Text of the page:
Monday, May 28, 2012

2010 Tarrawarra K-Block Merlot (Yarra Valley)


From the wonderful 2010 vintage in the Yarra Valley, Clare Halloran has crafted a serious, savoury Australian Merlot. No mean feat. This wine vindicates the decision in 2006 to graft over an old, yet underperforming Pinot block with an Italian Merlot clone.

Put simply, this smells great and tastes even better. The balance of beautiful plummy fruit and a deep, smoky, savouriness keeps you coming back for more. A real spiciness contributes to the sense of texture, and notes of black olive and dried herbs add further interest. Underpinning these great flavours is structure. Fine tannins, nice acidity, and excellent length mark it out as a wine that has an eye to the future. Ultimately it is wonderfully moreish and over two nights was consumed with some gusto.

To my mind Merlot is one of those grapes that eludes cheap and cheerful expressions. You either have to be aiming high, or you may as well not try at all. Tarrawarra have chosen the former, and with the 2010 K-block have joined a very small, but select group of Australian winemakers making memorable Merlot. 4 Stars +

Rated:
+
 
 
RRP: $35
ABV: 14.0%
Closure: Screwcap
Drink: 2012-2022
Website: http://www.tarrawarra.com.au/
 
 
Red

Saturday, May 26, 2012

2006 Deisen Mataro (Barossa Valley)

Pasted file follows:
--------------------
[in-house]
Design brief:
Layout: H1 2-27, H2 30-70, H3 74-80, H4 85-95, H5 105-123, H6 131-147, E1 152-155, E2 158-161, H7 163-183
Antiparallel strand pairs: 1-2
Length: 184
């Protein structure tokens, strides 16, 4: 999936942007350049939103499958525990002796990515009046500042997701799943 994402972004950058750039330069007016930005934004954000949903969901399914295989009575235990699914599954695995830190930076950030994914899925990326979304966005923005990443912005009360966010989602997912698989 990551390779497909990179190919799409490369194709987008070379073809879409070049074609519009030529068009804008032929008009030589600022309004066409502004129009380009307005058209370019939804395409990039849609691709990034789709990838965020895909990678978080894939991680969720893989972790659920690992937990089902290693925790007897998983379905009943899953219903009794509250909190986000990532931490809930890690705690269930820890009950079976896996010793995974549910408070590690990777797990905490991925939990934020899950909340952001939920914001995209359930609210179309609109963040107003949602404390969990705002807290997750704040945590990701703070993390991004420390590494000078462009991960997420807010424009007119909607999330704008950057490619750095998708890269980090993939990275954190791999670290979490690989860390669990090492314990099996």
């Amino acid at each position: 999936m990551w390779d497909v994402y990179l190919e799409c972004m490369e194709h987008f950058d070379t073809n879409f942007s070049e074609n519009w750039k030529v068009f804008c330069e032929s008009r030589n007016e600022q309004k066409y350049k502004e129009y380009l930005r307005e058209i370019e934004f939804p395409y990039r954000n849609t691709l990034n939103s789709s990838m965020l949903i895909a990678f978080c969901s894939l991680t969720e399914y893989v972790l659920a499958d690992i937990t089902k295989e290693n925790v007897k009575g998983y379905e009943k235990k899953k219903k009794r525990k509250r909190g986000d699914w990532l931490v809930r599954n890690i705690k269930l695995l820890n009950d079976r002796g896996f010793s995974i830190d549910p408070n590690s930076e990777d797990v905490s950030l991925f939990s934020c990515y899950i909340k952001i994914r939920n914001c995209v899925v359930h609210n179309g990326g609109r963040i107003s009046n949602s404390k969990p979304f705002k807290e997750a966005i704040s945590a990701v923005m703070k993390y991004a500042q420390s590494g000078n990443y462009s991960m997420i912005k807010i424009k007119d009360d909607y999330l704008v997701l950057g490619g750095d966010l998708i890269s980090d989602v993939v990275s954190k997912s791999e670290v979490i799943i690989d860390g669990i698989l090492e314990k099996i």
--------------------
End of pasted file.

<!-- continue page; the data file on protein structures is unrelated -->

This was an interesting wine for me personally to pull out of the cellar. I bought it when Brown and I (and our better halves) visited Deisen during a trip to the Barossa in 2009. If ever there was an artisan winery, then Deisen is it. An artist cum winemaker in Sabine Deisen, a pretty vineyard, a winery that looks more like a garage, and hand crafted wine labels all contribute to that artisan feel.

The wines we tried during the visit to Deisen were all impressive, but they also all tended to be fairly powerful, high-alcohol versions of what the Barossa has to offer. The question with any wine made in this style is always will it age? Is it the kind of wine best enjoyed young, or can it transition to something that mellows and develops? I think I’m probably better now than I was back in 2009 at identifying which wines end up being the latter. As such it is interesting to come back to this Deisen Mataro to see whether it has aged nicely, or whether I was seduced at the time by a wine that ultimately didn’t have the staying power.

I tasted the wine over three days and it became increasingly savoury and integrated in that time. To drink it initially tastes as much of the Barossa as it does Mataro. Site and variety have married well in this instance. Over time flavours spanned from dark berry and chocolate, a prominent Mataro spice, through to Barossan tar, some lovely tobacco, and finally some leathery notes that began to emerge. Complexity and enjoyment at once. While there is enough oomph to this wine to keep any Barossa drinker happy, there is also a sense of freshness to the fruit that is great to see at 6 years of age. My score on day 1 was 3.5 Stars, but that improvement over time saw it nudge up to 4 stars.